Carrying her two-year-old son, Zyon, in her arms and with her hair dyed in the colours of the rainbow, Shelly-Ann Fraser-Pryce celebrated her fourth 100m world title on 29 September 2019, at the age of 32. At the Khalifa Stadium in Doha (Qatar), she won the final by some margin, breaking clear into an unassailable lead right from the start and crossing the finish line in 10.71 seconds. It was a season’s best and the same time she had clocked when winning the World Championships in Moscow six years earlier – just 0.01 seconds slower than her personal best. This took her 100m world title haul to four – more than any other athlete in history, male or female, even her illustrious compatriot Usain Bolt (who won three in this distance).
“I worked so hard to be back”
“Standing here having done it again at 32 and holding my baby is a dream come true,” said Fraser-Pryce after her victory. “I had no sleep last night. Last time I was at a major championship was 2016, and I just could not sleep with nerves. But with mental toughness you will get what you want.” She added: “I can’t believe it. I worked so hard to be back. The field was so strong; I had to come good here and I’m so excited to come out with victory. I just wanted to nail my start, which I did, and in the end I was just making sure to get to the line, and not leaving anything to chance.”
A week later, the Jamaican 4x100m relay team, made up of Nathalia Whyte, Fraser-Pryce, Jonielle Smith and 400m specialist Shericka Jackson, delivered a scintillating performance in the final and were far slicker than their rivals throughout. A supersonic Fraser-Pryce ran the second leg and put her team into the lead. “I’m really glad that, as a team, we came out here and were able to come away with the victory,” she said. “Nothing is perfect; I would definitely say it took a lot of hard work, a lot of sacrifice and commitment, to get to this point. The work continues [for] 2020. I’m not the mommy of the team; I’m a mom. It’s good to be able to be a part of the team, and just to give inspiration.”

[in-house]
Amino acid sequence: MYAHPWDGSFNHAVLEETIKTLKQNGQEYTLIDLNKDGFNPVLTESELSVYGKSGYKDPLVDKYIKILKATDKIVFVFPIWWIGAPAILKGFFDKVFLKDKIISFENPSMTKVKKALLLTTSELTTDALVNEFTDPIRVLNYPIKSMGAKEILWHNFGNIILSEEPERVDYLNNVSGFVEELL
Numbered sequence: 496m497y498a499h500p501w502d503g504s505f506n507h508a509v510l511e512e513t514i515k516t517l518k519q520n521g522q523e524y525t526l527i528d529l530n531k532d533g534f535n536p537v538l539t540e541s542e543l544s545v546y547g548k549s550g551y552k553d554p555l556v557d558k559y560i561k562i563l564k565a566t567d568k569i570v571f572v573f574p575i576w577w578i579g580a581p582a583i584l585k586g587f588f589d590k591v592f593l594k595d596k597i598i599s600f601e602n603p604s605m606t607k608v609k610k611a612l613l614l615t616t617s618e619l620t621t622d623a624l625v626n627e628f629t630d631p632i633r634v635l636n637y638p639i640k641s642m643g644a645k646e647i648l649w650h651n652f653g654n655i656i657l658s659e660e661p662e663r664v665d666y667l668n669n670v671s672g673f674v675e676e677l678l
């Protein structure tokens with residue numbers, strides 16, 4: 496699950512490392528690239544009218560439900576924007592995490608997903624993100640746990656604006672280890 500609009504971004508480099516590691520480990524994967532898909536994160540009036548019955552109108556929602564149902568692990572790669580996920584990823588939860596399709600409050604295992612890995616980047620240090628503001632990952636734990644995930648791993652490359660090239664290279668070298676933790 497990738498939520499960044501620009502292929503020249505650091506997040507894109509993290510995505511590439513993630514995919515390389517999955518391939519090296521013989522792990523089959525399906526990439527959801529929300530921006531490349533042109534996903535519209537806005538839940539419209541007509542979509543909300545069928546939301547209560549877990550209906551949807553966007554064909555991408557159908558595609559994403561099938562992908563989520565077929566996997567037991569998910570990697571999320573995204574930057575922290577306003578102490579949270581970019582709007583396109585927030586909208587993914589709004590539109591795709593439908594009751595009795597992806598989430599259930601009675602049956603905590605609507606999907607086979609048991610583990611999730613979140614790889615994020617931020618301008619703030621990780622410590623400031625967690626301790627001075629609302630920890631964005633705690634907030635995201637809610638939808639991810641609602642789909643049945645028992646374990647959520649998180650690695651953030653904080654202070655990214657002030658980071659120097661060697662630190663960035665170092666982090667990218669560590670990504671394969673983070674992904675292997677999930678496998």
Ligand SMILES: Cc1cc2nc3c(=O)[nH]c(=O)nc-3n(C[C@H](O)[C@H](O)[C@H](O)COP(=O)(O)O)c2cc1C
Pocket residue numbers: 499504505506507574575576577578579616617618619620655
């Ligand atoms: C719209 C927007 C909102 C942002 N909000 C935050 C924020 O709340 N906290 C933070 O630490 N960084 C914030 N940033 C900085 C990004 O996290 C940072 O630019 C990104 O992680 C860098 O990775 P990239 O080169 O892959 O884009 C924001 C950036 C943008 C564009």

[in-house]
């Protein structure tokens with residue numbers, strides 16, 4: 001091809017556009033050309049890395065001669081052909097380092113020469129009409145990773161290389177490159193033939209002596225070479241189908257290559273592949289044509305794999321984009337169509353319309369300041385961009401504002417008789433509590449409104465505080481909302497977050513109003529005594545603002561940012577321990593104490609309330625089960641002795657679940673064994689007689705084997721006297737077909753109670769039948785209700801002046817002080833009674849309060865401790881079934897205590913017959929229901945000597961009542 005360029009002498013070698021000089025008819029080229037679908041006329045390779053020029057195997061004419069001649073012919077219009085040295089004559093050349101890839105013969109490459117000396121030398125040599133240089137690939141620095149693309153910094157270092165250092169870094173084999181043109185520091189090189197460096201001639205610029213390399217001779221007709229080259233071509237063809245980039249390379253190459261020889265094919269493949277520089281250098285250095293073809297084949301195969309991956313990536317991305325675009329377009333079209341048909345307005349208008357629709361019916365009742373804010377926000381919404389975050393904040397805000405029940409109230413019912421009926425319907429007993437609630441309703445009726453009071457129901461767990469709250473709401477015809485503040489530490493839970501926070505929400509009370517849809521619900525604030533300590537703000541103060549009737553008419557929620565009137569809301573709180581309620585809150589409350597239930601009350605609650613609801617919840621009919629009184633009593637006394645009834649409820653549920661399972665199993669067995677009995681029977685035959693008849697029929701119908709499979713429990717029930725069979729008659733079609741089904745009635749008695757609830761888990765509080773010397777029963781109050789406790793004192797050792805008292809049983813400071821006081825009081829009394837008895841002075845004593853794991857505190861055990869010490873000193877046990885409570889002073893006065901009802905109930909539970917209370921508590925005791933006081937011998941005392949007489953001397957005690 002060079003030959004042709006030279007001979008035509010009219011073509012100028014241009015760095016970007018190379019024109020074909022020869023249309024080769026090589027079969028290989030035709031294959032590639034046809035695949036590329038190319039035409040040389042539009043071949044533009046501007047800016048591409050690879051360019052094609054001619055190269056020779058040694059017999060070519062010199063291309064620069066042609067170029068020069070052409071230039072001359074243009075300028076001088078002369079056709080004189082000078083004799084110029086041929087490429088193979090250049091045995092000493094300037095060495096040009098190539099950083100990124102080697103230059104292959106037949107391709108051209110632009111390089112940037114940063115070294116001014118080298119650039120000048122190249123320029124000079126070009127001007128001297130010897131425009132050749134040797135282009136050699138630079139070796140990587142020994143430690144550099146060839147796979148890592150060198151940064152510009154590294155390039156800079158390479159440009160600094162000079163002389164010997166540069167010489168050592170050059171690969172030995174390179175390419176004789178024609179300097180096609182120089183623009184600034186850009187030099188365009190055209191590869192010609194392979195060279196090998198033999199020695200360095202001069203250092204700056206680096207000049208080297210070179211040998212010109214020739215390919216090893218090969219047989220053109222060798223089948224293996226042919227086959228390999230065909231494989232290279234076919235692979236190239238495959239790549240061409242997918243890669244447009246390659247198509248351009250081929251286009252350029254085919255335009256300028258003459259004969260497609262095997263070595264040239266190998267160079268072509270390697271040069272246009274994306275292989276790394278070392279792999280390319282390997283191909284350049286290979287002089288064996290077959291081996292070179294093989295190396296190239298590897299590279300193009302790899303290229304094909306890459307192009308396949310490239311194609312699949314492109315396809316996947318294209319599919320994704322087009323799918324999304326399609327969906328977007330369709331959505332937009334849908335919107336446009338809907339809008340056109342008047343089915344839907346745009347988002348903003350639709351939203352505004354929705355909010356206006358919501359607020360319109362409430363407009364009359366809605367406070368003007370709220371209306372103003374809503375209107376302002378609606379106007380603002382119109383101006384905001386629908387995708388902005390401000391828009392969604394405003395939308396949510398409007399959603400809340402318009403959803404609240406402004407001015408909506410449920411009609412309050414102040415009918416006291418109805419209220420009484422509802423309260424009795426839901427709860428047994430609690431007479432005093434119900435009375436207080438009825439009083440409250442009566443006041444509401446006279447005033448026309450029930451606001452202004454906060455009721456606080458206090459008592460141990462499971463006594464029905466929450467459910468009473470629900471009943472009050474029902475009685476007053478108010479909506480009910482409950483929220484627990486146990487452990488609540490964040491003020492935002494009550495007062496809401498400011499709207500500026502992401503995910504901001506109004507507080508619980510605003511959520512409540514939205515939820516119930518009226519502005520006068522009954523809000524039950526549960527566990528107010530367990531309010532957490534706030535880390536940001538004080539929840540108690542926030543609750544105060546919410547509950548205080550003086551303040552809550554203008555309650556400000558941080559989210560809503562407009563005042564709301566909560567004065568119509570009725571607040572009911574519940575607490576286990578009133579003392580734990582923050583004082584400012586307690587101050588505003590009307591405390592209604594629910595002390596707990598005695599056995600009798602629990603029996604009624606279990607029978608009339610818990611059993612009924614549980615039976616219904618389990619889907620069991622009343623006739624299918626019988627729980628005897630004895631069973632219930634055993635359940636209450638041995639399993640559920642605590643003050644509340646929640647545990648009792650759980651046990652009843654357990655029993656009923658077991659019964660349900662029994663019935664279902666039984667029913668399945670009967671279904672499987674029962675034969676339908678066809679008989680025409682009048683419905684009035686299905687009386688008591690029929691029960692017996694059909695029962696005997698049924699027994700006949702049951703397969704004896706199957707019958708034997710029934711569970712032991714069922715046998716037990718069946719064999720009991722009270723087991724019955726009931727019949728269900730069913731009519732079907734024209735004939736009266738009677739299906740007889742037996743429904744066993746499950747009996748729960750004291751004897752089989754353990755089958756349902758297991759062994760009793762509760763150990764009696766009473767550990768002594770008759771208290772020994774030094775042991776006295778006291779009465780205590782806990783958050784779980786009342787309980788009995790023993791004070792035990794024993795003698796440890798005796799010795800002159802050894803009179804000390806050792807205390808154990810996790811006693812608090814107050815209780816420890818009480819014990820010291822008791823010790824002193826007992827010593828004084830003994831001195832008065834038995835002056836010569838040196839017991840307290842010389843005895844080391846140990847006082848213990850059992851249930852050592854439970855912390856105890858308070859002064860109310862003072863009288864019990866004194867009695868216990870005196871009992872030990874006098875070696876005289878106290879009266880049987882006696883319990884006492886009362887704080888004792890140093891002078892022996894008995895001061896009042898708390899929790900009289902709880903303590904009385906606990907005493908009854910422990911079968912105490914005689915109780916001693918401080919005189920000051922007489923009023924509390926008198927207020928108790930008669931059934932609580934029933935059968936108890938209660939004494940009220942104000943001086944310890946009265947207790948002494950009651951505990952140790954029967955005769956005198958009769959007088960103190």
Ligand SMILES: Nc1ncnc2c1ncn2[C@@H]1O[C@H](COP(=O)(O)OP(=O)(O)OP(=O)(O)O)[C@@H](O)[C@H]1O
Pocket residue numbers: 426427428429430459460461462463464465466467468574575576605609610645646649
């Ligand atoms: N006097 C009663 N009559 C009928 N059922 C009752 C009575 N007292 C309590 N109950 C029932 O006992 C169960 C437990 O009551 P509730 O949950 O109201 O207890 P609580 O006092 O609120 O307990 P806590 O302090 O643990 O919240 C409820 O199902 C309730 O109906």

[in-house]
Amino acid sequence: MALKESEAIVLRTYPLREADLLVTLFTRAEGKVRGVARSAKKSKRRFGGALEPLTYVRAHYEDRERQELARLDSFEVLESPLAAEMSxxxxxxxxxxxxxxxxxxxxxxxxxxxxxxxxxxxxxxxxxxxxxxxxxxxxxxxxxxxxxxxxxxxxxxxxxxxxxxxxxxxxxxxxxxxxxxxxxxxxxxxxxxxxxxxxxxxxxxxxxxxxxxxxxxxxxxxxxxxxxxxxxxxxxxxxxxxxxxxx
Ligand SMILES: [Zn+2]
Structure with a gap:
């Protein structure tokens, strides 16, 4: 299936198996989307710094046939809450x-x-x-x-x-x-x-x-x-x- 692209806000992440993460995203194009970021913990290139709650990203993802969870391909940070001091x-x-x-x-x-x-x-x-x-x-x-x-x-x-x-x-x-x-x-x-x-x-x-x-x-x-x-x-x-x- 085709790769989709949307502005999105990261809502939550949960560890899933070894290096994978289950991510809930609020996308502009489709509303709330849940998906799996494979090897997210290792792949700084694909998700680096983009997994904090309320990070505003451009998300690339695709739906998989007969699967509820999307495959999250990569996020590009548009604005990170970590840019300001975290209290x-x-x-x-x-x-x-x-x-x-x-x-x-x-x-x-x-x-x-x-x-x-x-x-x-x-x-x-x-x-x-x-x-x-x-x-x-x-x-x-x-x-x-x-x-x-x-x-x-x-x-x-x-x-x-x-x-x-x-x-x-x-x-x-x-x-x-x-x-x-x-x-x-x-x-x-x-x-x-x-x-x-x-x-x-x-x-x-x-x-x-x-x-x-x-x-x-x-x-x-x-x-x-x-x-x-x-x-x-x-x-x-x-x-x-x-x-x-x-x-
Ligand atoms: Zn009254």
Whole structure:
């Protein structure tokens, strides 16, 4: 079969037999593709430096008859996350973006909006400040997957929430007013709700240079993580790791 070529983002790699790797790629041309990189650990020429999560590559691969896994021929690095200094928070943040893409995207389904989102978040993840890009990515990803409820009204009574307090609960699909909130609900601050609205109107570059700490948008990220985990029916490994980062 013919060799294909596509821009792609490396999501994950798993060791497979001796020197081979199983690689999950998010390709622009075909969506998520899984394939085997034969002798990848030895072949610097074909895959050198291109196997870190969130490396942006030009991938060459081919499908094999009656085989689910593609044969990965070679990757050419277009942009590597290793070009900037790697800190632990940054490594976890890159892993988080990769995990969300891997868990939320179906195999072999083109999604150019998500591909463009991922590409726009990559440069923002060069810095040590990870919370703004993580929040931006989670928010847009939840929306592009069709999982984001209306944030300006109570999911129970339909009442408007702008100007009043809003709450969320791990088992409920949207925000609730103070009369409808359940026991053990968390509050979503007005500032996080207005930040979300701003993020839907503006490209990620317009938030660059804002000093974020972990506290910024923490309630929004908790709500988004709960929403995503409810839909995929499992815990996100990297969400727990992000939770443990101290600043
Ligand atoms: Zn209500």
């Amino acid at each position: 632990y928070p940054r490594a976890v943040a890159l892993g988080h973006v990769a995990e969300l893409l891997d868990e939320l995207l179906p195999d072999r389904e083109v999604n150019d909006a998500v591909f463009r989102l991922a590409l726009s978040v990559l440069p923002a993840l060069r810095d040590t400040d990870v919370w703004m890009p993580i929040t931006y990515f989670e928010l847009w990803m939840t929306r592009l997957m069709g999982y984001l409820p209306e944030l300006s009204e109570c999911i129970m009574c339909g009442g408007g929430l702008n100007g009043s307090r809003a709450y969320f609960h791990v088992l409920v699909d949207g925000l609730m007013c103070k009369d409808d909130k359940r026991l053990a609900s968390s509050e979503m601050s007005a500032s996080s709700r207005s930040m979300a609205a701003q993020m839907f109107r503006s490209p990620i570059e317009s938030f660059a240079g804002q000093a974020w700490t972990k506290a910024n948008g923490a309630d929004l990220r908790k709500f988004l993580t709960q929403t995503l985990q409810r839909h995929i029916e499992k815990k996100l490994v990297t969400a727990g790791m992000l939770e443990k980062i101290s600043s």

Fraser-Pryce is back where she was between 2008 and 2015 – at the very top of women’s sprinting on the world stage. She became the first Jamaican woman to win Olympic 100m gold in 2008, before taking 100m and 4x100m gold at the World Championships in Berlin in 2009. She then claimed a second Olympic title, as well as 200m and 4x100m silver, at London 2012; achieved, like Bolt, a 100m-200m-4x100m triple at the Moscow 2013 World Championships; and claimed gold in the 100m and 4x100m at the Beijing 2015 World Championships.
Bronze statue in front of the National Stadium in Kingston
Standing at 1.52m and weighing 52kg, the woman nicknamed the “Pocket Rocket” experienced a difficult start to the 2016 season due to a toe injury, which put paid to her dream of an Olympic 100m triple in Rio. She had to settle for bronze, with her compatriot Elaine Thompson taking gold. Three years on, Fraser-Pryce referred to the Rio Games as “the only championship [at which] I’ve never ran 10.7”.
She spent the whole of the 2017 season away from the track after announcing she was pregnant in March. She gave birth to Zyon on 7 August 2017, while her team-mates were competing at the World Championships in London; she watched Thompson’s victory at home on TV.
Her return to top-level sport in May 2018 was followed by the unveiling of a bronze statue, built in her honour, in front of the National Stadium in Kingston in October. The statue depicts her crossing a finish line and triumphantly raising her fist in the air. Jamaican Prime Minister Andrew Holness, who attended the unveiling ceremony, tweeted: “May this statue serve as an enduring inspiration for all Jamaicans and a reminder that with hard work and dedication you can conquer the world,” followed by the hashtag #Pocketrocket. Fraser-Pryce now refers to herself as “Mommy Rocket” on her Twitter bio.
Next stop Tokyo 2020
When she clocked 10.73 seconds in the 100m final at the Jamaican trials for the 2019 World Championships on 22 June (finishing level with Thompson), it was clear that Fraser-Pryce was going to be back in contention for major global titles, and that was exactly what she proved two months later in Doha. “Zyon and my husband have been my strength,” she said. “When everybody else doubted me, they never did. It’s down to them that I am here again.”
Fraser-Pryce will now hope to be at the very top of her game in the Japanese capital next year, where she will attempt to earn a third Olympic gold medal in the women’s blue ribband event – something that has never been done before. “For me, having this longevity in the sport is definitely a plus. It’s my hope that young athletes […] can understand that you have time, and it can happen, and you can continue to do well after [many] years,” she said. While she does not know how long she will continue competing at the highest level, she thinks that she still has two more years left in her. “I think I have a 10.60 in me. We have 10 months to go before Tokyo. My coach did say that he believes I’m not fully back, but we’re working on it!”